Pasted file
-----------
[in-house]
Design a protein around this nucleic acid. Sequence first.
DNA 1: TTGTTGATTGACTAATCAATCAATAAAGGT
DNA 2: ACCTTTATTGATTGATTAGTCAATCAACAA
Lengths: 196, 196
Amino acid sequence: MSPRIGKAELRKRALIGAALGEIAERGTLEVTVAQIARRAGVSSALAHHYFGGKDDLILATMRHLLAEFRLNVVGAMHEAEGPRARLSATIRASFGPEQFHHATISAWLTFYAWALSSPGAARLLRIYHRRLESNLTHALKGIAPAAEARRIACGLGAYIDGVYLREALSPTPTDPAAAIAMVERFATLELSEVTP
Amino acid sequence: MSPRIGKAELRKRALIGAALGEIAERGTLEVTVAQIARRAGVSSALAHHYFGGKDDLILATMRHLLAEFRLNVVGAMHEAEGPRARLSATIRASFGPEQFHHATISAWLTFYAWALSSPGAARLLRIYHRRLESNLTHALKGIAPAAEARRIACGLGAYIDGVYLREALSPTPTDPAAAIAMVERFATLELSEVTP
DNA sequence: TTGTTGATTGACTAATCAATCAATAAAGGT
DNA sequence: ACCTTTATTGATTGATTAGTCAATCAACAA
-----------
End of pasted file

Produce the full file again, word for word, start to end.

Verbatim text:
[in-house]
Design a protein around this nucleic acid. Sequence first.
DNA 1: TTGTTGATTGACTAATCAATCAATAAAGGT
DNA 2: ACCTTTATTGATTGATTAGTCAATCAACAA
Lengths: 196, 196
Amino acid sequence: MSPRIGKAELRKRALIGAALGEIAERGTLEVTVAQIARRAGVSSALAHHYFGGKDDLILATMRHLLAEFRLNVVGAMHEAEGPRARLSATIRASFGPEQFHHATISAWLTFYAWALSSPGAARLLRIYHRRLESNLTHALKGIAPAAEARRIACGLGAYIDGVYLREALSPTPTDPAAAIAMVERFATLELSEVTP
Amino acid sequence: MSPRIGKAELRKRALIGAALGEIAERGTLEVTVAQIARRAGVSSALAHHYFGGKDDLILATMRHLLAEFRLNVVGAMHEAEGPRARLSATIRASFGPEQFHHATISAWLTFYAWALSSPGAARLLRIYHRRLESNLTHALKGIAPAAEARRIACGLGAYIDGVYLREALSPTPTDPAAAIAMVERFATLELSEVTP
DNA sequence: TTGTTGATTGACTAATCAATCAATAAAGGT
DNA sequence: ACCTTTATTGATTGATTAGTCAATCAACAA